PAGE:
Archive for March 24th, 2008

I don’t know much about bugs. Not their scientific names nor which ones are considered to be insects and which are not. I think insects are a subset of a larger group called arthropods, of which spiders are also a subset. And I think there is something about a bug’s body — how many sections it has and how many legs — that makes it an insect or not. But honestly, I must have been asleep during that part of Biology.

And, where do we learn about bugs? Is it 6th grade Science?

I remember toads, the ones we dissected in Mr. Gruner’s 10th grade Biology class. I remember how we made fun of Sheila R. for how she used her long manicured nails to pull the large intestine away from the frog’s stomach lining, and how later, as she ate her ham and mustard sandwich at lunch she took her thumb and mined and licked the mustard from under the same fingernail she used earlier to poke at the toad.

Ew, Laurie Harris and I said in unison. We didn’t like Sheila’s thick auburn hair, which she expertly styled. Laurie’s thin hair barely held a quasi-Farrah Faucett flip, which she got only after holding the curling iron for way more seconds than she was supposed to. Me, I had major hair envy. And nail envy, and height envy. It was satisfying to see Sheila inadvertently eat toad innards with every lick of mustard.

I know some people have bug phobias, like Aunt Erma, who once freaked out inside a moving car when she saw a moth flutter on the dashboard. We were headed from Grandma’s house to the racetrack, and I thought Uncle Henry was going to swerve off the highway, what with Erma lurching this way and that on the front bench seat. Tina and I were in the back, already sitting low since we considered ourselves too cool to be riding with her parents. When Erma started flailing and screaming, we sunk even lower.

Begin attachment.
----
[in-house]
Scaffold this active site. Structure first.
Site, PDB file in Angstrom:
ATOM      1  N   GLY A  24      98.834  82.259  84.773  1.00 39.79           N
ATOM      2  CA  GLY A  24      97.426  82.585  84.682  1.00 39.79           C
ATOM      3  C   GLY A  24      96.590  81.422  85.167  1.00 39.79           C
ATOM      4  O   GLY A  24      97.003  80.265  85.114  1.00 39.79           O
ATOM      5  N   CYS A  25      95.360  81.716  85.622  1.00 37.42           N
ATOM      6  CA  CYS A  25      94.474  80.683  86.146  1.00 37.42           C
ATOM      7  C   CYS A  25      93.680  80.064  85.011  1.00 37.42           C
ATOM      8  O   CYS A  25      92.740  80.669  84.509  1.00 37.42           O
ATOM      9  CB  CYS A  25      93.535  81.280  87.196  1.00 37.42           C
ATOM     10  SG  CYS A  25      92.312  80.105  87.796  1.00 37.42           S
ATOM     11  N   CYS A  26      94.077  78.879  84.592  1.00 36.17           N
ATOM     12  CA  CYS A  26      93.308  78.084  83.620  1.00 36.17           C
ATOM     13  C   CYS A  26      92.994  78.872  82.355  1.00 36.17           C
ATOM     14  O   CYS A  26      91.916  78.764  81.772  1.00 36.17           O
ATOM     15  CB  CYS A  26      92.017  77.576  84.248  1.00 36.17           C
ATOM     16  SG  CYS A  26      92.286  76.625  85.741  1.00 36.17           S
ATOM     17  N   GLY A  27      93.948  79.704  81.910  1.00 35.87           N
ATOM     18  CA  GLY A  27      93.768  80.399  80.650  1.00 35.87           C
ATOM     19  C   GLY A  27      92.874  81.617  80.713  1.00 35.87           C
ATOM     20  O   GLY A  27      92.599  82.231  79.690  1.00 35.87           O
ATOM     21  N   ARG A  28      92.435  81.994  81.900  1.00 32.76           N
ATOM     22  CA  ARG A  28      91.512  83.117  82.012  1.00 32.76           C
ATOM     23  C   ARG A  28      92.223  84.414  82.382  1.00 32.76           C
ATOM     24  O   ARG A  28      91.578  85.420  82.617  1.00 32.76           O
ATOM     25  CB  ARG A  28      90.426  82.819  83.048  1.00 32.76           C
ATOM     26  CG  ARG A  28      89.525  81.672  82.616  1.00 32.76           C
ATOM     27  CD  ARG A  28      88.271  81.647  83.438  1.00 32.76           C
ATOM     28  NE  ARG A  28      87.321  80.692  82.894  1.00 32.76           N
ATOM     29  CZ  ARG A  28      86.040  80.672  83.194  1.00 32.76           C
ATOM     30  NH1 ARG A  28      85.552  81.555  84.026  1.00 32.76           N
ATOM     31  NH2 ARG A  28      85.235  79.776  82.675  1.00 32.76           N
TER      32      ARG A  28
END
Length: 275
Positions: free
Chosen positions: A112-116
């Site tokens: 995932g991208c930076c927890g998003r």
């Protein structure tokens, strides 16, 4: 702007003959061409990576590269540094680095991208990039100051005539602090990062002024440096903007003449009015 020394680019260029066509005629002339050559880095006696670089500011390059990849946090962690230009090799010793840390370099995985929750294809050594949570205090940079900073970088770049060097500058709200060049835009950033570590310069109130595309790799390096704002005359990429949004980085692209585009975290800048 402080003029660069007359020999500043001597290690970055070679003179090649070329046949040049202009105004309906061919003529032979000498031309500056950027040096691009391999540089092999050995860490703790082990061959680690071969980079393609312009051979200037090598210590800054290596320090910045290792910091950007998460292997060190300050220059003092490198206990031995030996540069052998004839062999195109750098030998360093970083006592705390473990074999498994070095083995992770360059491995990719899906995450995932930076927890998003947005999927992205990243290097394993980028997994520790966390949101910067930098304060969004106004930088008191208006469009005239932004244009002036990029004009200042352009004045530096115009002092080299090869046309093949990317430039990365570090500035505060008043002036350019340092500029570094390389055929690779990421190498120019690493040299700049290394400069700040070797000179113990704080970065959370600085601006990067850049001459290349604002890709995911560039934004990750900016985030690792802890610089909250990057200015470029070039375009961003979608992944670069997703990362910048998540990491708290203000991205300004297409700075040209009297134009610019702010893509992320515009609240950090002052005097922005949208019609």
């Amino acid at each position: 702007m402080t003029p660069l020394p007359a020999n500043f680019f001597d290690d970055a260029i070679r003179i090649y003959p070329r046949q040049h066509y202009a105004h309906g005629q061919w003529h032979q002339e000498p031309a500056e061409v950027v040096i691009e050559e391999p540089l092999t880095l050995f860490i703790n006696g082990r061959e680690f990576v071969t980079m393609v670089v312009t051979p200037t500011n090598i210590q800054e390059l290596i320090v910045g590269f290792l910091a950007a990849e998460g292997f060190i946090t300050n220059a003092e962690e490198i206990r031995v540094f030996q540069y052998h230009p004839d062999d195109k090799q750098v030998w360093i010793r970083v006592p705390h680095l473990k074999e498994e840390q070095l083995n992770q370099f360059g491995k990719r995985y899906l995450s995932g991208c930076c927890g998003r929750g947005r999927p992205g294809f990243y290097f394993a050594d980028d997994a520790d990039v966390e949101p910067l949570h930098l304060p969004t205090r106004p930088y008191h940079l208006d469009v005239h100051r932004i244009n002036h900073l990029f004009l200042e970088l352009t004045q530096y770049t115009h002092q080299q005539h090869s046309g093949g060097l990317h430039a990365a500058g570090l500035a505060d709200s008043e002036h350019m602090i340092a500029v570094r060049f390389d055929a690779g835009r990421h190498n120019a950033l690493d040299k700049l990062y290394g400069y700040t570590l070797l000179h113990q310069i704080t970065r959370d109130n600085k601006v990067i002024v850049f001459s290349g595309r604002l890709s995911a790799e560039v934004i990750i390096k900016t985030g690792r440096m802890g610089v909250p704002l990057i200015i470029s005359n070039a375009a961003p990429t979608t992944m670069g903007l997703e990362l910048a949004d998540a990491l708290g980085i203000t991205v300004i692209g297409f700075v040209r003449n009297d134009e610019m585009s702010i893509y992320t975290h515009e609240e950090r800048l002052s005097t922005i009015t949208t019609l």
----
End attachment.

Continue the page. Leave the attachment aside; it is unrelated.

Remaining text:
I think I have a healthy respect for bugs. Today I raked leaves for two hours in the back courtyard and underneath the almost black loam of partially decomposed leaves I unearthed two healthy earthworms. They were fat and lively, writhing in the sudden light and air. I picked them up with gloved hands and walked them to the bunches of daffodils growing under the apricot tree.

I hope they managed to burrow into a cool spot down in that dirt, where they will continue to fatten and eat grubs and other bad bugs. I wonder, are earthworms insects?

-related to Topic post, WRITING TOPIC – INSECTS & SPIDERS & BUGS, OH MY!

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